History reveals that antisemitism intensifies at times of social disruption. During the COVID-19 pandemic, we have seen an alarming increase in antisemitic acts. In 2019, Statistics Canada found police-reported hate crimes against Jewish people accounted for the highest number of religion-based hate crime in Canada. Recently, the B’nai Brith Canada 2020 Audit of Anti-Semitic Incidents reported a record number of antisemitism cases last year, up 18.3% from 2019. In 2020, over 44% of antisemitic violence was COVID-related, including incidents of Jewish people being spat on and assaulted with weapons.
More severe forms of creed-based prejudice, including antisemitism, have emerged in recent times, often shaped by international events and transmitted through media, especially social media. A pernicious theme repeated this past year was to blame the Jewish community for the pandemic. For example, Bnai Brith reported graffiti on a trail sign in Milton that said: “There is no deadly virus. The Jew owned media lies to you.” Other graffiti in public sites included “Blame the Jews” and “Jews should be ashamed.”
Ontario has witnessed an unprecedented increase in antisemitic incidents this past year, such as the vandalism of the National Holocaust Monument in Ottawa. A Jewish person in Toronto was randomly hit in the face by a man who shouted “f--- Jews.” In North York, a city worker threatened to circumcise a Jewish boy for “a second and a third time.” In the Hamilton area, someone painted a red swastika on the hood of a car parked near a synagogue.
The media is full of reports of the many ways Jewish communities continue to be the targets of hate. We have seen antisemitism erupting at pro-Palestine events in Toronto and Montreal, hateful banners unfurled in Vaughan and businesses, parks and schools defaced with antisemitic graffiti. We see assaults and other life-threatening behaviour that has no place in Ontario.
Denouncing and fighting hate and discrimination, especially antisemitism, was why the Ontario Human Rights Code was enacted in the first place. In the early 1960s, the world was still dealing with the shocking aftermath of the Holocaust. Jewish people were barred from entry to Canada, including at times of greatest need fleeing Nazi Germany in WWII. They were routinely denied access to jobs, facilities and services, because of virulent antisemitism. The first Code, in 1962, envisioned a better path forward for Ontario and the majority of the complaints the Ontario Human Rights Commission (OHRC) pursued in the 1960s were on behalf of Jewish people.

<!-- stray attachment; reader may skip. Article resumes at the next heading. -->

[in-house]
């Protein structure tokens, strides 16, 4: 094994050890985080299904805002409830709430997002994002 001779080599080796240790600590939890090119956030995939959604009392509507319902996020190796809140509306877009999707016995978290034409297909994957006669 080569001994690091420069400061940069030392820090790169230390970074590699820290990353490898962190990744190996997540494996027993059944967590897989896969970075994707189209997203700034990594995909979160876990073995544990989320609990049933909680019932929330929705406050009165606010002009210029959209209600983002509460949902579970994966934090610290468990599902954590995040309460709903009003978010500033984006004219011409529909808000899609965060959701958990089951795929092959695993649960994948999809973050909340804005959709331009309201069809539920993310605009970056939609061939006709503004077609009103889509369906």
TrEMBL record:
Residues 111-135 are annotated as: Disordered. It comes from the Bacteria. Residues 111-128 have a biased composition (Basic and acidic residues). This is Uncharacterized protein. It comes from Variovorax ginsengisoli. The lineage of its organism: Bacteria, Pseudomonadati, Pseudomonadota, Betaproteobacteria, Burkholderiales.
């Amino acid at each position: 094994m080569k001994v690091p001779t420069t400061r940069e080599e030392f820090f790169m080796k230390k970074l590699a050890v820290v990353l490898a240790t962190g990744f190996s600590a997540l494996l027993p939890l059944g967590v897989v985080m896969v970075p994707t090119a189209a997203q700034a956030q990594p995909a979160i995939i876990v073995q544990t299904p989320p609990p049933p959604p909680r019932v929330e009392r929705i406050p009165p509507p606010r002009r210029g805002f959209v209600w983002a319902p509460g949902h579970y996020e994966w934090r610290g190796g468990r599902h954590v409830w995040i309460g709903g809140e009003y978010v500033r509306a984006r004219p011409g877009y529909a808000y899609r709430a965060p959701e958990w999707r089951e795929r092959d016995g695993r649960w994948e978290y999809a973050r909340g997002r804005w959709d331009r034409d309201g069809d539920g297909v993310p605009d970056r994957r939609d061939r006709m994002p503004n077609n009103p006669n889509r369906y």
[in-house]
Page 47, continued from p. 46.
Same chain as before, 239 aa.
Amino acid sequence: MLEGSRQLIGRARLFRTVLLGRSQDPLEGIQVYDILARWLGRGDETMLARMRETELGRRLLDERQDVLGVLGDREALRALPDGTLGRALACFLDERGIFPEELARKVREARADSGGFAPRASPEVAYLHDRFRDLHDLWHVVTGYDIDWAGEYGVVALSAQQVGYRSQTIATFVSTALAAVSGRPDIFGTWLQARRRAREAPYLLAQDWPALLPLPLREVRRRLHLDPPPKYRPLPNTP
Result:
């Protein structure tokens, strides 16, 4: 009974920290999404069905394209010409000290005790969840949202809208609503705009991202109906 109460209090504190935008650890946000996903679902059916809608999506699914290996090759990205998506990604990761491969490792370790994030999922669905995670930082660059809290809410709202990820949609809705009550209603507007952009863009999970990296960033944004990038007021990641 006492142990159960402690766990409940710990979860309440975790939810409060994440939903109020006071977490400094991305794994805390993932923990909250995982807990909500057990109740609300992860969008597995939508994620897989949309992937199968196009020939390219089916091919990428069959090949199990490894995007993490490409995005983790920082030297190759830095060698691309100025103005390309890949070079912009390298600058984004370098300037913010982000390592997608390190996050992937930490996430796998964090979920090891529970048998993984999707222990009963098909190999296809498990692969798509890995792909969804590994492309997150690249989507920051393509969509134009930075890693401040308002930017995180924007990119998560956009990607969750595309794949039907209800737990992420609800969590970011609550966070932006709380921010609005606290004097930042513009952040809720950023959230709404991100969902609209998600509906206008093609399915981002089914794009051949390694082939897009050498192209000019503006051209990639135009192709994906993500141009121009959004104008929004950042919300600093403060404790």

Governments and community leaders have consistently spoken out against the hate that continues to erupt in our communities – all because of someone’s beliefs. But history has shown that saying the right things is meaningless, unless the words are tied to action.
That’s why the OHRC joins community calls for governments to review hate crime laws to ensure these laws are responsive to the lived realities of hate activity across Canada, and enforcement to ensure that police are doing what is necessary to support communities in distress and keep communities safe. Enhanced legal safeguards will also let victims know that they can step forward and will be better protected.
When the response to a hate crime is only rhetoric, we signal it is okay to discriminate, hate and hurt. This needs to change. On the eve of the National Summit on Antisemitism, the OHRC calls on governments at all levels to take action to confront the reality of antisemitic hate and change our laws now.